Is Occidental Petroleum Corp., L.A.’s second largest public company, planning to move its corporate headquarters to Houston?
There are signs it could do so. In recent weeks, people with knowledge of Occidental’s Westwood headquarters have said that the company has told employees they should either get ready to move to Texas or make other career plans.
However, in response to a query for this article, the company said it has no plans to move at this time.
“We do not have any current plans to move our corporate headquarters out of Los Angeles,” spokeswoman Melissa Schoeb said. She would not elaborate.
Occidental earlier this year expanded its lease footprint in Houston, and at least two top-level executives are already there. Some have described the Westwood headquarters building as having become a “ghost town.”
What’s more, a move would seem to dovetail with the company’s corporate restructuring. Several Wall Street analysts expect Oxy to sell or spin off its California operations.
“While we would hate to see Occidental leave Los Angeles, this development would not come as a surprise,” Steve Sann, chairman of the Westwood Community Council, said in response to a Business Journal query. “We’ve been aware that Occidental for some time has been shifting people and departments to Houston. We’ve also been aware that Occidental is operating with a skeleton crew in their Westwood headquarters.”
Earlier this year, the Houston Business Journal reported that rumors were swirling there about an imminent corporate headquarters move, but the company denied it.
An Occidental move would represent the latest in a long line of departures of major public company corporate headquarters from Los Angeles, including Northrop Grumman Corp. in 2010, DaVita Corp. in 2009 and Computer Sciences Corp. in 2008. Occidental has been in Los Angeles longer than any of those companies; it was founded here in 1920.
The departure would mark another transition: Occidental is the last big oil company headquartered in Los Angeles, which was once a capital of the national oil industry. Unocal and Arco were based here but both were bought up by competitors, Chevron Corp. and BP respectively.
Despite its global reach and size – its market capitalization of $76 billion is second only in Los Angeles County to Walt Disney Co. – Oxy has kept a low profile in its involvement in the city’s civic life and business affairs. While Occidental has had representatives on the boards of local business and civic organizations, they have not assumed any leadership roles. That’s unlike the old oil company Atlantic Richfield, or Arco, whose longtime Chief Executive Lodwrick Cook was one of the region’s most active civic leaders. So apart from its presence in Westwood, a departure would not have a big impact.
Former company executives have made significant contributions to the Hammer Museum and USC.
But “they are not the kind of firm that regularly touts what they do in the community. That’s just not a part of their corporate culture,” Gary Toebben, chief executive of the Los Angeles Area Chamber of Commerce.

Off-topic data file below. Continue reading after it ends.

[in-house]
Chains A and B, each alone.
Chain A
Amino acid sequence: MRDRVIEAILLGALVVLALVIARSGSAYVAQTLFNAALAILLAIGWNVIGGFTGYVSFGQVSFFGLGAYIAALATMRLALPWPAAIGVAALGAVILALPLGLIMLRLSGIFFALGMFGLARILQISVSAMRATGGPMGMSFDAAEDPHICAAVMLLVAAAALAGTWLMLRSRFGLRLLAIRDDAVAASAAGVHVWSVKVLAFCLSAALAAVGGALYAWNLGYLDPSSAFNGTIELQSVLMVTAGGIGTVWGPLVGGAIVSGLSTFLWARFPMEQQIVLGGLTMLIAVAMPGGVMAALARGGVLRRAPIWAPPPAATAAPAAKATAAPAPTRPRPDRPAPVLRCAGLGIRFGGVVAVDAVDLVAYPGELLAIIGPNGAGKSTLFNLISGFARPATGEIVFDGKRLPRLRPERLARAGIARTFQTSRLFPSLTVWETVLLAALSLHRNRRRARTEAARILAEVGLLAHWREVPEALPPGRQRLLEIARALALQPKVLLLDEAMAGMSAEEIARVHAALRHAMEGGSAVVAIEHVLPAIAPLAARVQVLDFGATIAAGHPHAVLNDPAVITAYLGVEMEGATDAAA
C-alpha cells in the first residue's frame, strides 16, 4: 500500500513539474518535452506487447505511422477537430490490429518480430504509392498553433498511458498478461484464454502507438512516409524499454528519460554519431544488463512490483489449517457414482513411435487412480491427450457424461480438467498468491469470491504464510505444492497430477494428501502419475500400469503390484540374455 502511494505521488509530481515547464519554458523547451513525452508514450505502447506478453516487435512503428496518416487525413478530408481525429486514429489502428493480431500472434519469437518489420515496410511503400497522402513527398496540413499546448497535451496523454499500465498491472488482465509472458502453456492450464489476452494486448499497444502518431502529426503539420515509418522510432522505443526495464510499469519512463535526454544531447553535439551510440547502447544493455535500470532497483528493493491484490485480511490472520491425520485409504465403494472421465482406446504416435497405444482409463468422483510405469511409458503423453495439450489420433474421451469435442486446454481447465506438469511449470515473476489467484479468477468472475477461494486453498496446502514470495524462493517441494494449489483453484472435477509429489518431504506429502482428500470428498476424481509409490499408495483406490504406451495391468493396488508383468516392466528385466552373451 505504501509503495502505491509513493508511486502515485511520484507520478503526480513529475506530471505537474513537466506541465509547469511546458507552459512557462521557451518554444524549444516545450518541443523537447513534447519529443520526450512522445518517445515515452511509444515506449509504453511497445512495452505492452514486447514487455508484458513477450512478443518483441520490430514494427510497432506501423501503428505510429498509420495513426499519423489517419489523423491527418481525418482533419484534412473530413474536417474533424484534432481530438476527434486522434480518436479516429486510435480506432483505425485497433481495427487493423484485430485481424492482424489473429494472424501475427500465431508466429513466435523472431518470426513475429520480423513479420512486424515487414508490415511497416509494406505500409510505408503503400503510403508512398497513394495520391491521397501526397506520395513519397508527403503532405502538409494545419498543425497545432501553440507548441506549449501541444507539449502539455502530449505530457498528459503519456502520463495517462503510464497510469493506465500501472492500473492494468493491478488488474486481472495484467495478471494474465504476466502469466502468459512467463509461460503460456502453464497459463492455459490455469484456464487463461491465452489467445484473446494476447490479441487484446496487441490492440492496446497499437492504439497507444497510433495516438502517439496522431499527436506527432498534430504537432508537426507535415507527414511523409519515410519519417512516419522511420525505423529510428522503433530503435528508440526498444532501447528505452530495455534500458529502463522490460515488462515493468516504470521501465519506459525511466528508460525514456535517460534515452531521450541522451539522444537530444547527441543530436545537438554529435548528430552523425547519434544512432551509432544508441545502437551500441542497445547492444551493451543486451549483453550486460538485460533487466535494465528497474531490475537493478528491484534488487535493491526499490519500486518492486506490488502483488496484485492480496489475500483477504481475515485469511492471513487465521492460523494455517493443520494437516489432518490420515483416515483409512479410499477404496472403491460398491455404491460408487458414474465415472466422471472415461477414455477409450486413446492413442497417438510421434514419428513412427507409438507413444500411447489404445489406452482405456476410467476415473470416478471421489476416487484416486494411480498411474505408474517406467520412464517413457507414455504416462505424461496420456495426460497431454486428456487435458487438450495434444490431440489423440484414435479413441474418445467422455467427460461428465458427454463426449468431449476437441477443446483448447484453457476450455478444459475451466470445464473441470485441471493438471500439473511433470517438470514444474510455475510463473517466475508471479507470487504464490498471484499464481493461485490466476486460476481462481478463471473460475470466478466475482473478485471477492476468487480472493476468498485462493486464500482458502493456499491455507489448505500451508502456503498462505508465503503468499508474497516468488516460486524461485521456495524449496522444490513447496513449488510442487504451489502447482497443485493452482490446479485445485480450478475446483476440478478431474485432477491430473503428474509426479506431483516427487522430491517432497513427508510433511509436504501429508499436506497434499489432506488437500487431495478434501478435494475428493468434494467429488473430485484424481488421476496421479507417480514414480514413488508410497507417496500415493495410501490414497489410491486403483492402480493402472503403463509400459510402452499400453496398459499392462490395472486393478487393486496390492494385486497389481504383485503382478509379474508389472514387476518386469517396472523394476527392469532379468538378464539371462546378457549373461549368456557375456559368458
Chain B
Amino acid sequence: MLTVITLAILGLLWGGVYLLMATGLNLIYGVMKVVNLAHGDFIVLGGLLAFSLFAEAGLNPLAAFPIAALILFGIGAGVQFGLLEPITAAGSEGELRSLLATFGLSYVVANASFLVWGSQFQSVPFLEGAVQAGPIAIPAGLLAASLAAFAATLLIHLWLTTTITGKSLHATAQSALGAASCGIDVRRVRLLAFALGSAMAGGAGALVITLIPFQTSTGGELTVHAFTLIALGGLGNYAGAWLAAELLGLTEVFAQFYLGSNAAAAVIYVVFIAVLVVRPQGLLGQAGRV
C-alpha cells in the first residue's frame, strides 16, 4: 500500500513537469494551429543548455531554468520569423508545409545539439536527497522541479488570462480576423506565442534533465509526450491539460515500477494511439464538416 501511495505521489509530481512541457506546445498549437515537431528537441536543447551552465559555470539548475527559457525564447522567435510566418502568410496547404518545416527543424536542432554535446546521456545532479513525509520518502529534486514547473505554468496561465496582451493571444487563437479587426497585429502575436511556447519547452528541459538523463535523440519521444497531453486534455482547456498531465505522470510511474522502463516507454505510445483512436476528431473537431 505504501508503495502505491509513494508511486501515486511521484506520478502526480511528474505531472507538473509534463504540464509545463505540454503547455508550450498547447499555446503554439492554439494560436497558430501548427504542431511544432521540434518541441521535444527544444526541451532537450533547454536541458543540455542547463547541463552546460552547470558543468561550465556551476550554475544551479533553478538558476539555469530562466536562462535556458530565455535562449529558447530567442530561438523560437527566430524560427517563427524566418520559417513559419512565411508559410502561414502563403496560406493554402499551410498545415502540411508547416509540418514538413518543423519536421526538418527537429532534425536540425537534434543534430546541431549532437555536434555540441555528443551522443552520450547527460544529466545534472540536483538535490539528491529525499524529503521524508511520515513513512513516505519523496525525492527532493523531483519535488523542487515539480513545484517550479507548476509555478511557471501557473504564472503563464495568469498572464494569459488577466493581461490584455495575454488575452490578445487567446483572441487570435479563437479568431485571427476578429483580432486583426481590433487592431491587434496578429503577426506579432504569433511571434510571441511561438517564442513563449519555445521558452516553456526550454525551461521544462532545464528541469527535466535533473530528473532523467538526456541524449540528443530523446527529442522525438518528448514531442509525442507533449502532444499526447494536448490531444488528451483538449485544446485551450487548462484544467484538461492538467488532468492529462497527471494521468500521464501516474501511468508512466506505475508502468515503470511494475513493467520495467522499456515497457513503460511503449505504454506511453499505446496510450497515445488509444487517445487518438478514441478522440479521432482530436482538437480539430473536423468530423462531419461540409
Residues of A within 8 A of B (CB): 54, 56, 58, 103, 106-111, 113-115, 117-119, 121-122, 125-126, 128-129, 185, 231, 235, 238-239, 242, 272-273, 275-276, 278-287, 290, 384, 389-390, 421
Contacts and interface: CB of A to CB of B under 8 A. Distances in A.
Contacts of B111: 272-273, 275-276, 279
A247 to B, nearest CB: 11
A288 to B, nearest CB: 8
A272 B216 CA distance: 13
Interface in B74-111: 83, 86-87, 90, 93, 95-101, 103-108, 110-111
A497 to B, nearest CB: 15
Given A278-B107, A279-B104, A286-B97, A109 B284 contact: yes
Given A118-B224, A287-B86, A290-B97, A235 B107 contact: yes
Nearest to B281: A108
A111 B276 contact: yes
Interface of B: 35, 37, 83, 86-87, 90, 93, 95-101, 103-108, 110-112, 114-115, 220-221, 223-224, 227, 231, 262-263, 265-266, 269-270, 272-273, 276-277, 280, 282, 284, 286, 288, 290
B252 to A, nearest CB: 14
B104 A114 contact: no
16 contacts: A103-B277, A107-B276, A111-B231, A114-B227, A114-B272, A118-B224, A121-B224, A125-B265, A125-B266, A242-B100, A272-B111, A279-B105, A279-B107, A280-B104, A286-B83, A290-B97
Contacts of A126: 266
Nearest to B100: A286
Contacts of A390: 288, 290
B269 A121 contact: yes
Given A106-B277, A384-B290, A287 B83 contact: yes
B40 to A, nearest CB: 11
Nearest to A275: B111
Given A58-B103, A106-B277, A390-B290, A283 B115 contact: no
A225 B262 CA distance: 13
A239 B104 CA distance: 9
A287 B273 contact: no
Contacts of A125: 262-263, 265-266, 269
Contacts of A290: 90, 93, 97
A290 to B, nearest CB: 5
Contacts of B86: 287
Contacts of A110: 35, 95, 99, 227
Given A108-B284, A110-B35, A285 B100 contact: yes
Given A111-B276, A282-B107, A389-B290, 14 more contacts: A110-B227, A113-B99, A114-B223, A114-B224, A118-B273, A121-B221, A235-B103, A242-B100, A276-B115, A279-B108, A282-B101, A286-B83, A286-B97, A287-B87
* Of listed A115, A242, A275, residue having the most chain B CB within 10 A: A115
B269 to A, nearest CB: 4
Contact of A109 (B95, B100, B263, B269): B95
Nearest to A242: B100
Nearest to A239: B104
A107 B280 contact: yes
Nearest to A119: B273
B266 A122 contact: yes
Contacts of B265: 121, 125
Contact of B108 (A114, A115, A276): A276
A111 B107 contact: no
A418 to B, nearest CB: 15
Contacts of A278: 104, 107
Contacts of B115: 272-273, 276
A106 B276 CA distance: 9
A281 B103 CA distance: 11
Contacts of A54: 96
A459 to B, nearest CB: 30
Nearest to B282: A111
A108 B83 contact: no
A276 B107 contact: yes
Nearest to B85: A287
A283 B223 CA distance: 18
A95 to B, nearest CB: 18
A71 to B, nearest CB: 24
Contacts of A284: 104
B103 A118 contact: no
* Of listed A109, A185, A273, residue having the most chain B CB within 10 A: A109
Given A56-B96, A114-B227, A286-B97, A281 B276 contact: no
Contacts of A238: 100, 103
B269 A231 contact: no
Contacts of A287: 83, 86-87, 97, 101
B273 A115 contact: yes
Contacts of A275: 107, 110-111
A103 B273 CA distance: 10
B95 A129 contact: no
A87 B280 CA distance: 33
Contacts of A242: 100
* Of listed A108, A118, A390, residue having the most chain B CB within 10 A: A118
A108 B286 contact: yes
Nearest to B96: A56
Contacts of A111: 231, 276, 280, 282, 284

Oxy has not been a big employer locally. According to a 1998 article, it then had 443 employees in Westwood and planned to go down to 190.
The company has reported that it has 12,300 employees worldwide. It would not disclose how many remain at headquarters and how many are in Houston.
A search of the website LinkedIn showed that of more than 7,000 people on the site who say they work at Occidental, about 350 list the L.A. area as their base. That figure could include people who work at other Occidental facilities in Los Angeles County, such as oil drilling islands off the Long Beach coast.
Of course, California’s high personal income tax rates have pushed out more than a few headquarters; a single person earning $500,000 pays about $50,000 to the state plus 12 percent of anything more than that. Texas, by contrast, has no personal income tax.
Also, corporations don’t pay tax in Texas; in California, the corporate tax rate is 8.8 percent.
Any move could depend on the outcome of Occidental’s restructuring, which Chief Executive Stephen Chazen launched after a bitter boardroom fight earlier this year. Chazen survived an ouster attempt by former Chief Executive Ray Irani; after that he led an attempt to slim down the company in the hopes of boosting what had been a share price that lagged industry averages.
Since then, the share price has jumped more than 20 percent, closing Dec. 11 at $91.54.
In his most recent teleconference call with analysts in late October, Chazen said he hoped to present a completed restructuring plan to the board by the end of this year. The first major restructuring move – the intention to sell a major portion of the company’s Middle Eastern assets – was announced in October. Also on the block: Occidental operations in the northern Plains states and Rocky Mountains.